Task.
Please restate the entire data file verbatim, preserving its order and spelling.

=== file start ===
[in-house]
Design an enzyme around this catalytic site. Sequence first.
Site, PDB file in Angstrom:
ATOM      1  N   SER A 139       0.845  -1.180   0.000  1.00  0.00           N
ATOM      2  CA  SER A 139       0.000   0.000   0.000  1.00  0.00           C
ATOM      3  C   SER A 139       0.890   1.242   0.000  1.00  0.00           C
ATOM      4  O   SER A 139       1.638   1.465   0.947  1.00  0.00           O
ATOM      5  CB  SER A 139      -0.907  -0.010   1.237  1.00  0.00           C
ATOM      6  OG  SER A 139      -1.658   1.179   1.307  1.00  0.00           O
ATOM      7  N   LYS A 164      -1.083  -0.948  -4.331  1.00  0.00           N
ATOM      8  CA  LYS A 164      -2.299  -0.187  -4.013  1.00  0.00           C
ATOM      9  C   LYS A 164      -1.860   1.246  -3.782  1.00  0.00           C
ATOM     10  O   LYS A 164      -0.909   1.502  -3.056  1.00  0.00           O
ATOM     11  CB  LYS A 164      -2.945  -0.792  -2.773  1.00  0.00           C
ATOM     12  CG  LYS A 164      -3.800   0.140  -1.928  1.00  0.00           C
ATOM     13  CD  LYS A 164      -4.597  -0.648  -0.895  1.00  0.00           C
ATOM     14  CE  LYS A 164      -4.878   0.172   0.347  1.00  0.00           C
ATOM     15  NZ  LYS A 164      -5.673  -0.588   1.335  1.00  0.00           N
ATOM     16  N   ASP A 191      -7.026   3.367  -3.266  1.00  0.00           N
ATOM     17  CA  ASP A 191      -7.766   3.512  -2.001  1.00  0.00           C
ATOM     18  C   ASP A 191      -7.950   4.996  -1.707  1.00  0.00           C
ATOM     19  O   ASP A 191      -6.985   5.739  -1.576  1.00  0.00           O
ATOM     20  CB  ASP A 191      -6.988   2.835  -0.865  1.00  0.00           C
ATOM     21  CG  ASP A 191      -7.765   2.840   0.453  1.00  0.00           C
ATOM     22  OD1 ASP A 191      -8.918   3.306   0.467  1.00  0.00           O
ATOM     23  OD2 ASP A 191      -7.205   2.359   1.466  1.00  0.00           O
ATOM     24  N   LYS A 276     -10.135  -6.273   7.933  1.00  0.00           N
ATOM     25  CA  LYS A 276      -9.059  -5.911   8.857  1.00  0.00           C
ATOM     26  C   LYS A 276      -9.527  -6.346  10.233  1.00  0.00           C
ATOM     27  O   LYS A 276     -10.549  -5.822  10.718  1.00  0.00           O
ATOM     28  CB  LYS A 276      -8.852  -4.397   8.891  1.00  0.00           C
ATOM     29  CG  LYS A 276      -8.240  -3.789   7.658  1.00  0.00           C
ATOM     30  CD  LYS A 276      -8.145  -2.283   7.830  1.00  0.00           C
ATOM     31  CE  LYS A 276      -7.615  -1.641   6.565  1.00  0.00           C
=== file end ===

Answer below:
[in-house]
Design an enzyme around this catalytic site. Sequence first.
Site, PDB file in Angstrom:
ATOM      1  N   SER A 139       0.845  -1.180   0.000  1.00  0.00           N
ATOM      2  CA  SER A 139       0.000   0.000   0.000  1.00  0.00           C
ATOM      3  C   SER A 139       0.890   1.242   0.000  1.00  0.00           C
ATOM      4  O   SER A 139       1.638   1.465   0.947  1.00  0.00           O
ATOM      5  CB  SER A 139      -0.907  -0.010   1.237  1.00  0.00           C
ATOM      6  OG  SER A 139      -1.658   1.179   1.307  1.00  0.00           O
ATOM      7  N   LYS A 164      -1.083  -0.948  -4.331  1.00  0.00           N
ATOM      8  CA  LYS A 164      -2.299  -0.187  -4.013  1.00  0.00           C
ATOM      9  C   LYS A 164      -1.860   1.246  -3.782  1.00  0.00           C
ATOM     10  O   LYS A 164      -0.909   1.502  -3.056  1.00  0.00           O
ATOM     11  CB  LYS A 164      -2.945  -0.792  -2.773  1.00  0.00           C
ATOM     12  CG  LYS A 164      -3.800   0.140  -1.928  1.00  0.00           C
ATOM     13  CD  LYS A 164      -4.597  -0.648  -0.895  1.00  0.00           C
ATOM     14  CE  LYS A 164      -4.878   0.172   0.347  1.00  0.00           C
ATOM     15  NZ  LYS A 164      -5.673  -0.588   1.335  1.00  0.00           N
ATOM     16  N   ASP A 191      -7.026   3.367  -3.266  1.00  0.00           N
ATOM     17  CA  ASP A 191      -7.766   3.512  -2.001  1.00  0.00           C
ATOM     18  C   ASP A 191      -7.950   4.996  -1.707  1.00  0.00           C
ATOM     19  O   ASP A 191      -6.985   5.739  -1.576  1.00  0.00           O
ATOM     20  CB  ASP A 191      -6.988   2.835  -0.865  1.00  0.00           C
ATOM     21  CG  ASP A 191      -7.765   2.840   0.453  1.00  0.00           C
ATOM     22  OD1 ASP A 191      -8.918   3.306   0.467  1.00  0.00           O
ATOM     23  OD2 ASP A 191      -7.205   2.359   1.466  1.00  0.00           O
ATOM     24  N   LYS A 276     -10.135  -6.273   7.933  1.00  0.00           N
ATOM     25  CA  LYS A 276      -9.059  -5.911   8.857  1.00  0.00           C
ATOM     26  C   LYS A 276      -9.527  -6.346  10.233  1.00  0.00           C
ATOM     27  O   LYS A 276     -10.549  -5.822  10.718  1.00  0.00           O
ATOM     28  CB  LYS A 276      -8.852  -4.397   8.891  1.00  0.00           C
ATOM     29  CG  LYS A 276      -8.240  -3.789   7.658  1.00  0.00           C
ATOM     30  CD  LYS A 276      -8.145  -2.283   7.830  1.00  0.00           C
ATOM     31  CE  LYS A 276      -7.615  -1.641   6.565  1.00  0.00           C